Check the angles

Before shooting, walk around the kitchen and see it from various angles to determine the optimal camera placement. Furthermore, you should take photographs from multiple angles so the client can see the kitchen from all sides. Consider angles that highlight the depth and space of the kitchen, capture its unique characteristics, and avoid having your reflection appear on glossy surfaces or appliances.

Arrange visual elements

The arrangement of elements inside a picture is considered composition, an important factor in making your kitchen images stand out. It’s about how different scene parts interact with each other and the photo frame. In kitchen photography, good composition can make a space feel more balanced and inviting. Here are a few composition techniques:

rule of thirds

Like a grid, divide your frame into nine equal squares and try to position the kitchen’s most essential elements along these lines or at their intersections. This helps create balance and draws attention to critical parts of the kitchen.


Use the kitchen’s inherent symmetry, like aligned cabinets or islands, for visually pleasing photos.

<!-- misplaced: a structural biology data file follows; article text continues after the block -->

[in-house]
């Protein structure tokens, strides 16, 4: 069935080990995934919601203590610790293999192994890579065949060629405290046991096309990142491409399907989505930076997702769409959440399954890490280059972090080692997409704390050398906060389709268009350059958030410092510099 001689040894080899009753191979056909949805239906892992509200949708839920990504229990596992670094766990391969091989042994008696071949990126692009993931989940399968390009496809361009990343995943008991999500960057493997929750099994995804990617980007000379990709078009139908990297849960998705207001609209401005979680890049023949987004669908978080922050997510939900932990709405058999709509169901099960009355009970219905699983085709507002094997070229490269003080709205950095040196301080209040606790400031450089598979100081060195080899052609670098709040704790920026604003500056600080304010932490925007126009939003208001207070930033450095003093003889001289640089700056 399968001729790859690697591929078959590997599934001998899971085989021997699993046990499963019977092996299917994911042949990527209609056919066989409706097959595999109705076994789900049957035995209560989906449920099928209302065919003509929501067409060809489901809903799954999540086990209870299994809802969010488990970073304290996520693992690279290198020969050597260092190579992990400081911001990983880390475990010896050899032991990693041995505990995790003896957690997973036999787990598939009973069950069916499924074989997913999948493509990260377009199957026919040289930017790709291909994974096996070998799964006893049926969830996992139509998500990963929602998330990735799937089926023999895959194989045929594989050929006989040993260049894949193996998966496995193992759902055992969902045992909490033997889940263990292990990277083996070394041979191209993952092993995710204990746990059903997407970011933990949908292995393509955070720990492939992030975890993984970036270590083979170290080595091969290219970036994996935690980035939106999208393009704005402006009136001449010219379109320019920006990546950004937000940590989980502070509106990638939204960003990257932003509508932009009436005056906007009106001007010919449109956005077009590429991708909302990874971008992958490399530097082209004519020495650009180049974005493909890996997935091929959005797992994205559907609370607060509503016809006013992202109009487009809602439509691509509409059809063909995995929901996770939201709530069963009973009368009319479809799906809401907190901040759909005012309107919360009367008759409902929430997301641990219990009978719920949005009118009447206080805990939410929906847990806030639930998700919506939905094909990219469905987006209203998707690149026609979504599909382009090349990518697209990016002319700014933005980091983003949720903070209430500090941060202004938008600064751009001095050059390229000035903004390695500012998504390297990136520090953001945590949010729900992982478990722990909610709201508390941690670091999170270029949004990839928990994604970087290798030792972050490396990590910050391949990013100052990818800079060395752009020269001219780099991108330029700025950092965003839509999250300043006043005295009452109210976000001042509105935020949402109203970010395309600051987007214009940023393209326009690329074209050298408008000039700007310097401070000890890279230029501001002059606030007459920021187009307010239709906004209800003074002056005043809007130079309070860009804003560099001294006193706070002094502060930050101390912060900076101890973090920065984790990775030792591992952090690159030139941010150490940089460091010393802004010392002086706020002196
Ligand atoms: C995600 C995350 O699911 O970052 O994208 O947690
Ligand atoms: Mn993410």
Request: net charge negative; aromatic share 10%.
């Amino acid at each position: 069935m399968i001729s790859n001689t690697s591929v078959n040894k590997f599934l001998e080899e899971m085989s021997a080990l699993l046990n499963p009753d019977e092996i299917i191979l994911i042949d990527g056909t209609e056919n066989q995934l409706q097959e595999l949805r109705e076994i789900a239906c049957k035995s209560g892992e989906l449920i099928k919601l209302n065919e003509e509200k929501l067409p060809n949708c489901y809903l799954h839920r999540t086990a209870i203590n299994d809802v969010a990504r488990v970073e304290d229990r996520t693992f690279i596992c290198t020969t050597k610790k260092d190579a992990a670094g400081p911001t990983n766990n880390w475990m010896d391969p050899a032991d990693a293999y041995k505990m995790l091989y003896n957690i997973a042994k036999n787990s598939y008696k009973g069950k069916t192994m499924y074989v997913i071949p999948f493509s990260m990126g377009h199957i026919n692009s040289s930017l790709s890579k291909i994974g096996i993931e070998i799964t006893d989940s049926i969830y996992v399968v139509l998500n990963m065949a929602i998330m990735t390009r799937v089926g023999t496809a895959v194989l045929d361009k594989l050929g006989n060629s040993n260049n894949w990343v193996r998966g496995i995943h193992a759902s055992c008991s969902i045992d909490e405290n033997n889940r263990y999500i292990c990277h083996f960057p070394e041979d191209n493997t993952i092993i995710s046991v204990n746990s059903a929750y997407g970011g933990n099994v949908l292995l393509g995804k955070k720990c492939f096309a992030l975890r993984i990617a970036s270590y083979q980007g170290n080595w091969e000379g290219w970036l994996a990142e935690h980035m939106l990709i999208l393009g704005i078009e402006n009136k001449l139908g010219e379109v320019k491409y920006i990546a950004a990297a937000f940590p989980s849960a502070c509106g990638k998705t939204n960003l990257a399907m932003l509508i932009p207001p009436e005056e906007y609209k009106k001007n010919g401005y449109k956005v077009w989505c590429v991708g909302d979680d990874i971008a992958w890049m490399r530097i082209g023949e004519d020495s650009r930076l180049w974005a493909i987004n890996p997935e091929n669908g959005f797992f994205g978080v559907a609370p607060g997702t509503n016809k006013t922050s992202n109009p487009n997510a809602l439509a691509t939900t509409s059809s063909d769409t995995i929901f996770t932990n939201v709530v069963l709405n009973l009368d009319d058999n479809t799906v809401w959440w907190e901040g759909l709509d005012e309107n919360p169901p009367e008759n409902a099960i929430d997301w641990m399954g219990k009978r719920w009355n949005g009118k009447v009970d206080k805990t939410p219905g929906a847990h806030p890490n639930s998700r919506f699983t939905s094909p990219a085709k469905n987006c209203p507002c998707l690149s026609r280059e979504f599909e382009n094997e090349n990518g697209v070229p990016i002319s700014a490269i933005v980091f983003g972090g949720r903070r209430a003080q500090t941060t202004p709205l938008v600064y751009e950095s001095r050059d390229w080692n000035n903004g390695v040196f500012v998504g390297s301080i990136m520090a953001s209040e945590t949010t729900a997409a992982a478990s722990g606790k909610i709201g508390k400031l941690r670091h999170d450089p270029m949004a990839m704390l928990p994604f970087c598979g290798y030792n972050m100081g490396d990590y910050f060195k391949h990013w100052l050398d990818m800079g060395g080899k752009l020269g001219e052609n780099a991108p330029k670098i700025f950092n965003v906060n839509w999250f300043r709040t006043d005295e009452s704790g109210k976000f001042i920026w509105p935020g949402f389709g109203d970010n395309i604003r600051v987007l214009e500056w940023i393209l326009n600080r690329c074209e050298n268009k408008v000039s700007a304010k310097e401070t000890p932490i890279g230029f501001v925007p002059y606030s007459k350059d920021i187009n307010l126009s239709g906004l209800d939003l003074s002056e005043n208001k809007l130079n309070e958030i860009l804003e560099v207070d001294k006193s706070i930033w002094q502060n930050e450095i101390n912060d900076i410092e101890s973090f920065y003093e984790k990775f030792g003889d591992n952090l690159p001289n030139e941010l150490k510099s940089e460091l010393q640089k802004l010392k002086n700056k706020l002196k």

frame within a frame

Use kitchen components, like doorways or windows, to create a frame for your subject.

Consider leading lines

Leading lines in the photo direct the viewer’s eye to another point in the image, usually toward the main subject. In kitchen photography, you can use leading lines to grab the viewer’s attention to the kitchen’s main features or a specific area.

Best Camera Setting for Kitchen Photography

Best Camera Setting for Kitchen Photography

Most interior photographers choose digital cameras to photograph the kitchen for real estate. These cameras allow manual control over settings like aperture, shutter speed, and ISO. Also, DSLR or mirrorless cameras are proper due to their large sensors, which capture detail and perform well in various lighting conditions. The ability to interchange lenses is another important benefit these cameras offer.

Camera mode

The camera mode depends on the situation and your comfort with manual mode. During kitchen photography, you deal with different lighting conditions, perspectives, and details, so you have to choose the best camera mode that gives you control over the settings. Here are the most commonly used modes in kitchen photography:

aperture priority mode (A or AV on most cameras)

This mode allows you to control the aperture while the camera adjusts the shutter speed automatically.

shutter priority mode (S or TV on most cameras)

In this mode, you control the shutter speed while the camera adjusts the aperture.

manual mode (M on most cameras):

Manual mode gives you complete control over the shutter speed and aperture.

Adjust ISO

ISO controls the sensitivity of your camera’s sensor to light. A lower ISO number signifies less light sensitivity and less picture noise, while a higher ISO number means greater light sensitivity but more noise in your image.